NEW YORK ( TheStreet) -- Netflix ( NFLX) is still fine-tuning its strategy to produce original series, even after shows created by the Reed Hastings-run company were nominated for 14 Emmy Awards earlier this month. Netflix said in a second-quarter earnings release it is still judging how to recognize costs the 30 million member streaming service incurs to make original shows such as House of Cards, Hemlock Grove, Orange is the New Black and new seasons of Arrested Development. Meanwhile, Netflix disclosed the company is amortizing about $150 million in spending on such original series to date. "In terms of relative size, of the approximately $3 billion in content library net book value we are amortizing, currently around 5% is for Originals," Netflix said in a letter to shareholders. As the company gains confidence in how to project the earnings impact of its original series, Netflix said Monday it is open to changing how the company expenses upfront cash costs of its shows. Currently, Netflix capitalizes spending on original series, and then amortizes those costs on a straight-line basis over the shorter of four-years or the show's license period. The company, however, said it continues to consider whether viewing trends could cause it to amortize those costs at a faster rate in the future. "We are in the early stages of Originals and continue to monitor whether the viewing pattern is enough higher in the first few months to have us amortize at a faster initial rate, and then to continue on a straight-line basis for the remainder of the amortization period," Netflix said in the letter. Netflix's disclosure of the amount of original content it is currently amortizing and the life of its content assets gives investors added clarity as the online entertainment company tries to make original shows a force for subscriber growth and bargaining power with studios. The company's recognition that amortization practices may change, however, indicates Netflix is still hammering out its strategy. How Netflix recognizes costs of original series is a point of uncertainty for shareholders, and has created a divergence between the company's reported profits and its cash flow. While Netflix spends heavily up front to make its original series -- about $50 million a season -- very little of that money is expensed to the company's bottom line. Instead, Netflix treats its original programming as a capitalized asset that will be amortized over multiple quarters. Because of the accounting, Netflix's recent earnings reflect very little of the cost of its spending, however its cash flow statement shows the full amount of the money going out the door for originals. Given a lack of detail on how much Netflix had spent on original programming and how it would amortize content expense, there was some uncertainty heading into second quarter earnings on whether original programming could drag on profitability. Netflix has reported negative free cash flow even as profits have risen sharply in recent quarters, however, the company reported $13 million in second quarter free cash flow. Those positive cash flows were attributed a reduction in content spending and strong international growth, and helped to reverse a trend of three quarters of negative FCF. The company, however, warned profits and cash flow could again diverge. "Our investments in content, including Originals, will continue to weigh on FCF relative to net income and thus our FCF trends," the company said. Netflix also said it will be expanding original programming to include feature-length documentaries and stand-up comedy specials. "Netflix has become a big destination for fans of these much loved and often under-distributed genres," the company said. Overall, Netflix second-quarter earnings may raise some investor concerns about the company's near-record high valuation. However, they also give further evidence of strong domestic and international growth that could give the company the scale to report meaningful profit growth in coming quarters.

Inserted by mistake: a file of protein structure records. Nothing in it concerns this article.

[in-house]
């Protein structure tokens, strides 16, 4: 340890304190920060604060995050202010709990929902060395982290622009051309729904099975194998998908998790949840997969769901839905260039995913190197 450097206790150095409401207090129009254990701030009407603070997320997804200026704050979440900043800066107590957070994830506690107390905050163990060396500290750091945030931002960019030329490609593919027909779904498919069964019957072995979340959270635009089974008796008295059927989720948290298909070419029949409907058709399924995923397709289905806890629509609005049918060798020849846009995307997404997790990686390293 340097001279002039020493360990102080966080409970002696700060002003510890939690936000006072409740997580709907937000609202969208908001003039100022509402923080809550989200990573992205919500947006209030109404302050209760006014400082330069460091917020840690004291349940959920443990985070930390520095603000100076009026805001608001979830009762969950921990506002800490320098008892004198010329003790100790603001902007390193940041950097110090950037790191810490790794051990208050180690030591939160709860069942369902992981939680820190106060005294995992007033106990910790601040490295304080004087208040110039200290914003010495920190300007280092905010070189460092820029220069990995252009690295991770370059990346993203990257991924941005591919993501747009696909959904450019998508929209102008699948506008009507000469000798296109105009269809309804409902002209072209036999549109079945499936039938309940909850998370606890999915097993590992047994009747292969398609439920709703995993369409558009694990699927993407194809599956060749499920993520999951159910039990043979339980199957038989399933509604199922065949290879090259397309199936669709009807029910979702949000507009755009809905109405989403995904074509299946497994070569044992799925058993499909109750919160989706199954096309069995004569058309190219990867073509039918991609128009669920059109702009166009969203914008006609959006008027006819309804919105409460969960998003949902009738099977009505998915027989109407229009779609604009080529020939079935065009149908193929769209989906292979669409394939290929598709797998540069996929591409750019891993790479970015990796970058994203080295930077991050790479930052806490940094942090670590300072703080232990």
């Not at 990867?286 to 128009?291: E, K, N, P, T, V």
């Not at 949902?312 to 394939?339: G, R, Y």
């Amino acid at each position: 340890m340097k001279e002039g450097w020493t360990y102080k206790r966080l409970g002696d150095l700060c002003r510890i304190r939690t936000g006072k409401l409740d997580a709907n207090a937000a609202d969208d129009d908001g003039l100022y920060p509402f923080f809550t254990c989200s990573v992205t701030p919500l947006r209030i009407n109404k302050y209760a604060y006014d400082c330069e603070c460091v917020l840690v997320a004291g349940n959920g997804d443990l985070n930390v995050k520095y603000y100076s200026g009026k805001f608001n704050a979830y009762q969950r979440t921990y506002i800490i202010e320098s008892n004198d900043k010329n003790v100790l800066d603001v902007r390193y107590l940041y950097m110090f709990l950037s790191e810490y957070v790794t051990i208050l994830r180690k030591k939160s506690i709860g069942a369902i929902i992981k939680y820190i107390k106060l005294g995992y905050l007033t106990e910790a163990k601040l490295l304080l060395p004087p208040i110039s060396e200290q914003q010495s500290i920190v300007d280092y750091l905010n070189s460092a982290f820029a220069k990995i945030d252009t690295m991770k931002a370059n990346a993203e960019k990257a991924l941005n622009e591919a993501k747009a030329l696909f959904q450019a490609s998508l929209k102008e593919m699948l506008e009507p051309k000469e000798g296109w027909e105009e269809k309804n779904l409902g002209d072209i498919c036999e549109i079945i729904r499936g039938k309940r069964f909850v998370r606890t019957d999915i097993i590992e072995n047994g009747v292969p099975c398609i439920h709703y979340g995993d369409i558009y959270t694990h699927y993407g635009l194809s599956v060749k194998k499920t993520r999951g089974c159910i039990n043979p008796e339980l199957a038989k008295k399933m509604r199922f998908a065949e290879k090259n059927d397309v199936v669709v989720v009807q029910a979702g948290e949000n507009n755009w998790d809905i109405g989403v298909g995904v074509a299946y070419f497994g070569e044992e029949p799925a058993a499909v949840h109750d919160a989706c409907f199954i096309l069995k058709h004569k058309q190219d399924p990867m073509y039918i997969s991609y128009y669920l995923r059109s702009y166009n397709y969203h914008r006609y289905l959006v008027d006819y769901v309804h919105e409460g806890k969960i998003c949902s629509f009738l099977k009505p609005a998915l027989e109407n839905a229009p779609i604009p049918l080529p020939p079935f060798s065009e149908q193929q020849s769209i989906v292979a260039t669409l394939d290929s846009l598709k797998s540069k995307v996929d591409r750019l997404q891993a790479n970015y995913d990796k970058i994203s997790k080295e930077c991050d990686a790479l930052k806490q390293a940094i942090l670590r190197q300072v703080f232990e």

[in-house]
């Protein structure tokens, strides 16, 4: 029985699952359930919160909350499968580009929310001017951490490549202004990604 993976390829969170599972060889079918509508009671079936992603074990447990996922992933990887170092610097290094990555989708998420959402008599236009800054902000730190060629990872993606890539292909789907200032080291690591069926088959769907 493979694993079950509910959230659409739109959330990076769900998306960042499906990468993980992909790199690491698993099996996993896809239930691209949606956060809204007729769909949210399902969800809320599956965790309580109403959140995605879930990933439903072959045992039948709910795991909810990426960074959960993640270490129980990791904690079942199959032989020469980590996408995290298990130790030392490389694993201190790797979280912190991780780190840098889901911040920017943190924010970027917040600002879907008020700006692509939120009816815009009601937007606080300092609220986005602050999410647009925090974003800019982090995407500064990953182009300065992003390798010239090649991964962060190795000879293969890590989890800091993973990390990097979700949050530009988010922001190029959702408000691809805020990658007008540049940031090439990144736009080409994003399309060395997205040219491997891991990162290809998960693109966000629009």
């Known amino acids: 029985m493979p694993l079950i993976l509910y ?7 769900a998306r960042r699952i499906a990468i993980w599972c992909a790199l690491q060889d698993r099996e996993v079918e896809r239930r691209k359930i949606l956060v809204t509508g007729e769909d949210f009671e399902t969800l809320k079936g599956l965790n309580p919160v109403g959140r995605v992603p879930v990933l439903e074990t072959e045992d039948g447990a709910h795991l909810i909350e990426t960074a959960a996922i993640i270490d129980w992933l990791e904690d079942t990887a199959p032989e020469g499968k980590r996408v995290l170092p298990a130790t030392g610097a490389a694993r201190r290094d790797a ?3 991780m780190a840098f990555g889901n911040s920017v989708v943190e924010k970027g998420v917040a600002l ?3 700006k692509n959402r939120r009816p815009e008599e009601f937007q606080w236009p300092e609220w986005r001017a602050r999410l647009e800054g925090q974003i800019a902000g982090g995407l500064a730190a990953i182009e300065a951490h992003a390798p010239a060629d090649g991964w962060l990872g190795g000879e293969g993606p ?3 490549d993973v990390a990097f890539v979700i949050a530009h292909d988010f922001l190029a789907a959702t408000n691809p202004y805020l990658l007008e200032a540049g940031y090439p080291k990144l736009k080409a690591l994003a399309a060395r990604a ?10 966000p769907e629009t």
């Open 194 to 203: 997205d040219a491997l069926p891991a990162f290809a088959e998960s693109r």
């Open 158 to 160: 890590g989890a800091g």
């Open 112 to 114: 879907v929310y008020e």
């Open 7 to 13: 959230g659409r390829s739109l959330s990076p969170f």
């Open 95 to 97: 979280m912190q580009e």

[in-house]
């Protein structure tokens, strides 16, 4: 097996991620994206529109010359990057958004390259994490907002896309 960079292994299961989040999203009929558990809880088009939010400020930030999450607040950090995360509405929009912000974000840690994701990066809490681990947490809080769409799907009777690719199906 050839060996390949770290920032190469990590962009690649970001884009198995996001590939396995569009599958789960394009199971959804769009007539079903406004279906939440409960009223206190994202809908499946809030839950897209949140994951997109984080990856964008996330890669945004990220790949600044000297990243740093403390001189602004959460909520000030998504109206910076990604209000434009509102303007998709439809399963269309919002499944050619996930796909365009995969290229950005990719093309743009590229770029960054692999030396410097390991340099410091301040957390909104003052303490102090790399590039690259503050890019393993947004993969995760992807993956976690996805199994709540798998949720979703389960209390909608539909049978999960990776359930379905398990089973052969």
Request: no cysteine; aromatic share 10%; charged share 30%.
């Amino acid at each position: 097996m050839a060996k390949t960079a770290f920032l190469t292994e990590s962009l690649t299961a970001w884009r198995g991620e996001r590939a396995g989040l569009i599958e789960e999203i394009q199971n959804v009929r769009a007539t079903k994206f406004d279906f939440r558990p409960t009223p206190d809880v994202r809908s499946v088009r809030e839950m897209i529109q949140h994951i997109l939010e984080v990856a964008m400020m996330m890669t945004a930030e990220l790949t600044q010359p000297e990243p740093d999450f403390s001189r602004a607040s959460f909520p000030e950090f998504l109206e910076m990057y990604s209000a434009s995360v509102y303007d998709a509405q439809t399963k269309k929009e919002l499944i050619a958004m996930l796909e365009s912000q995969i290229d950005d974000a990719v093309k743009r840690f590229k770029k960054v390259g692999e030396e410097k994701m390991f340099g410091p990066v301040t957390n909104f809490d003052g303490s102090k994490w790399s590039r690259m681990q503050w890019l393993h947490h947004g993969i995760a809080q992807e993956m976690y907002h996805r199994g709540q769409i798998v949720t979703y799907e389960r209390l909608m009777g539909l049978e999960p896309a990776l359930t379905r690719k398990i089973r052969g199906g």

Netflix said on Monday it added about 630,000 new subscribers and earned 49 cents in earnings per share (EPS). While some had hoped for stronger subscriber growth numbers to push Netflix over the 30 million user mark, the company's top and bottom line earnings did beat consensus Wall Street estimates. The Los Gatos, Calif.-based Netflix reported earnings of 49 cents per share on $1.069 billion in revenue. Analysts surveyed by Thomson Reuters expected Netflix to earn 40 cents per share on $1.07 billion in revenue for the second quarter. The company added 630,000 domestic streaming subscribers, and 610,000 international streaming subscribers, bringing the company's total to 29.84 million domestic streaming subscribers. Expectations on Wall Street called for 700,000 domestic streaming subscribers to be added. "We generally expect net additions in Q2 to be lower than prior year Q2 due to increased net add seasonality as we grow," CEO Reed Hastings wrote in a letter to shareholders. The company gave third-quarter guidance that was weaker-than-anticipated. It expects to earn 30 cents to 56 cents per share in the third quarter, on a revenue range between $959 million and $993 million. Estimates call for Netflix to earn 43 cents per share in the quarter. Shares of Netflix closed the regular session lower, falling 0.99% to $261.96. -- Written by Antoine Gara and Chris Ciaccia in New York Follow @AntoineGara